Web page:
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There are a few model airplane accessories that you must have when flying your nitro-powered airplane. Some tools and gadgets mentioned here are not a necessity but are highly recommended and will make your trip to the flying field much more enjoyable.
The equipment that you take along with you when you go flying is commonly referred to as field equipment.
This page will give you a good idea of what most pilots keep with them at the flying field.
When nitro engines are having a good day, you could probably get away with using a chicken stick to get them started.
A chicken stick is basically a padded wooden stick used to give the propeller a good flip. If your engine is tuned in and ready to go, it should only take a couple flips to get her going.
Whatever you do, never ever use your fingers to flip the prop unless you are wearing thick leather gloves. Having missing fingers will definitely hinder your flying experience!
Just like an old car, most engines have days where they need to be cranked over and over and over to get them going. In reality this happens quite often with these nitro engines.
If all you had was a chicken stick you would never get it going. A chicken stick is a convenient tool to have once you get the engine started and tuned in.
A 12V Electric Starter is one of those model airplane accessories that you must have if you plan to fly a glow engine airplane.
A 12 volt field Battery is needed to power the electric starter. The battery can also power your control panel, field charger, and electric fuel pump and any other model airplane accessories that need 12-volt power.
A 12-volt wall-wart charger is needed to charge the battery the night before you go flying.
A source of electricity is needed to get a glow plug hot when starting the engine. There are two ways to provide this electricity.
A glow plug clip plugs into your power panel and clips on to the top of the engine's glow plug.
The amount of electricity going to the plug can be adjusted by the power panel. The power panel will also indicate when a glow plug is burned out.
A glow ignitor (sometimes referred to as a glo-starter)is similar to a glow clip except it has its own power source.
These are very convenient little model airplane accessories to have because you can just clip them on the engine's glow plug with no wires attached.
Many power panels provide a place to charge the glow igniters while at the flying field.
This is one of the model airplane accessories that every nitro pilot carries a four-way wrench in their field box. This is used to replace the glow plugs. The four sizes on the wrench fit all standard glow plugs. Due to the tight space between the glow plug and the cooling fins on the engine, standard sockets can not be used to remove most glow plugs.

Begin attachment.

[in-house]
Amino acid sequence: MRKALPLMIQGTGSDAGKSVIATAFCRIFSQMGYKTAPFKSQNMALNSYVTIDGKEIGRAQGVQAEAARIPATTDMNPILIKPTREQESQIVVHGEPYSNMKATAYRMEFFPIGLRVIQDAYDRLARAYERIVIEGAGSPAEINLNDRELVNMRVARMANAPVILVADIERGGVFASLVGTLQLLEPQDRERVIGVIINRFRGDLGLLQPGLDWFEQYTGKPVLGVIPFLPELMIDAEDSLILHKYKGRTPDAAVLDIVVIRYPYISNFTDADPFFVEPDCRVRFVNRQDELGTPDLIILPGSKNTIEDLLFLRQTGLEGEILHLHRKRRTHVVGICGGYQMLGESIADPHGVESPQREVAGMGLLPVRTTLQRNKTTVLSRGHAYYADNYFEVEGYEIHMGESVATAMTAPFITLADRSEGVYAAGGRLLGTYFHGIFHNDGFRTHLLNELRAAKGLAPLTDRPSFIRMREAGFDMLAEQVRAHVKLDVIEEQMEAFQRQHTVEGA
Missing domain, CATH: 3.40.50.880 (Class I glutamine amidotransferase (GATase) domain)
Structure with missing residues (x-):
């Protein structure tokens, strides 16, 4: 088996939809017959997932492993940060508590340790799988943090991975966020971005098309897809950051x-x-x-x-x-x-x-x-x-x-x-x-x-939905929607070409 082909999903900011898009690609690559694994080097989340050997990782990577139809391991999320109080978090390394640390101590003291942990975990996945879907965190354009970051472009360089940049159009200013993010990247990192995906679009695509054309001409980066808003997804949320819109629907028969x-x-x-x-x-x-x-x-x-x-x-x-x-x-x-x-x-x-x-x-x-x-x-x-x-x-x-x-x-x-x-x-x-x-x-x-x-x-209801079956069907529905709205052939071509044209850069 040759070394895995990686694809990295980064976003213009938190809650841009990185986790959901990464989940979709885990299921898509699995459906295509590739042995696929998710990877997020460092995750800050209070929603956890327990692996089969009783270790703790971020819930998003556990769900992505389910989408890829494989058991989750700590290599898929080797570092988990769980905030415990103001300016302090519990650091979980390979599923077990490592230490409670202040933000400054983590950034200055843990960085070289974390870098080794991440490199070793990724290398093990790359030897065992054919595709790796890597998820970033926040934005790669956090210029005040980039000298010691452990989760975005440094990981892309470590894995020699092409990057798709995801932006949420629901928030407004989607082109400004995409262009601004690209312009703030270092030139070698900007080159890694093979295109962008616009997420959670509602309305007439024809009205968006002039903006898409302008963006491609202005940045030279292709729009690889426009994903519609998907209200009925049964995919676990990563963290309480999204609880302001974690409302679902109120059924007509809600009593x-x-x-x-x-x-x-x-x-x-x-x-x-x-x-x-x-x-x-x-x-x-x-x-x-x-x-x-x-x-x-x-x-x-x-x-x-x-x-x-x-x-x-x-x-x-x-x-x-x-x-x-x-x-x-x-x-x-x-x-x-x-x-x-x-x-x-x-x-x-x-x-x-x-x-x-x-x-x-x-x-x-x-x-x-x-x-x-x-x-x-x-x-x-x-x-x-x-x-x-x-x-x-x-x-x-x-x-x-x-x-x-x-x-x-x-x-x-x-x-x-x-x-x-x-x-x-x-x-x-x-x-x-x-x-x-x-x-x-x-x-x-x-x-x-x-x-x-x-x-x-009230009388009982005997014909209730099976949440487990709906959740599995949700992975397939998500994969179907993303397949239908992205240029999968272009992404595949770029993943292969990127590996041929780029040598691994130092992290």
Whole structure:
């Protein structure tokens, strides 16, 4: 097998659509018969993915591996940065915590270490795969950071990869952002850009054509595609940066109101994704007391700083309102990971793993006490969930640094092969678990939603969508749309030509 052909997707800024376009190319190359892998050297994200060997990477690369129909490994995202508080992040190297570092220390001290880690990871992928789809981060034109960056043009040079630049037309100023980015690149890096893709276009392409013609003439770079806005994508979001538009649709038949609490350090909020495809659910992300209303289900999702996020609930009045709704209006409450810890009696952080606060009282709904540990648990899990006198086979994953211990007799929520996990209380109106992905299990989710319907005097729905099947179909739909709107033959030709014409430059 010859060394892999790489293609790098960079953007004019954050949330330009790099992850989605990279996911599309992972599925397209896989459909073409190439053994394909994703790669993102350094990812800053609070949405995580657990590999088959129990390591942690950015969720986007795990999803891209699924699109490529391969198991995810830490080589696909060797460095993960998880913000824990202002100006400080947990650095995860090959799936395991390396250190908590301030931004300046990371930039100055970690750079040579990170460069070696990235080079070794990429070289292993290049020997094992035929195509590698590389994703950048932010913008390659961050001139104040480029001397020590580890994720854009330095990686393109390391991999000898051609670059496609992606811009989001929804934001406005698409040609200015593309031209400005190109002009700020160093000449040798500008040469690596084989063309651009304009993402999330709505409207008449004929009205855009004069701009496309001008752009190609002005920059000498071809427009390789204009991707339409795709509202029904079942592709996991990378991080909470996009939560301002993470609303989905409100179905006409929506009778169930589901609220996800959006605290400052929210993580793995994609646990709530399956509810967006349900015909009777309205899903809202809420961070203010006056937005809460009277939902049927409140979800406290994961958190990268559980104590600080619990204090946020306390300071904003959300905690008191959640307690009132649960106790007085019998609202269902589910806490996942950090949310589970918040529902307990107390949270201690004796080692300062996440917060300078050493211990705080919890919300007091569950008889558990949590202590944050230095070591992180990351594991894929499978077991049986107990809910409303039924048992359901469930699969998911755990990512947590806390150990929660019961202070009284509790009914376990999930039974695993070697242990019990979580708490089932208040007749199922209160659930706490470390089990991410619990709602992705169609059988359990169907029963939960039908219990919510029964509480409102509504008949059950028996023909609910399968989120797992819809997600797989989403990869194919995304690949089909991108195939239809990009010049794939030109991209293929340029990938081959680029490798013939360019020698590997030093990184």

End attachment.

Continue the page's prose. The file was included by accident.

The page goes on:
You will need a fuel pump to transfer the fuel from the fuel container to the airplane’s fuel tank. There are basically three types of fuel pumps available.
The cheapest is a bulb pump. With a bulb pump you simply squeeze the bulb then put the end of it down into the fuel and release the bulb. This causes the bulb to fill with fuel.
Then you squeeze the bulb again to push the fuel into the airplane’s tank. This process is repeated until the airplanes tank is full.
Unless you have plenty of time on your hands and are a complete tightwad, I would not recommend this type of pump.
The second type is a manual fuel pump rc. You put the suction side into the fuel container and the discharge side into the airplane’s fuel tank.
You crank the hand-crank that is similar to a fishing reel handle until the tank is full.
The third type is an electric fuel pump . These plug right into your power panel.The suction side goes to the fuel container and the discharge side goes into the airplane’s fuel tank.
You flip the switch on the pump to the right to move fuel from the fuel container to the airplane. When you are finished flying for the day you simply flip the switch to the left to move the fuel from the airplane back to the fuel container.
Either the electric or hand pump should be fine. I personally would not get the bulb pump. You want to fly your plane when you go to the field, not pump fuel all day! I have always used electric pumps.
Just make sure that you have an inlet filter on the hose coming from the fuel tank regardless of which pump you choose.
This keeps any dirt or debris that may have gotten into the fuel container from getting into your engine.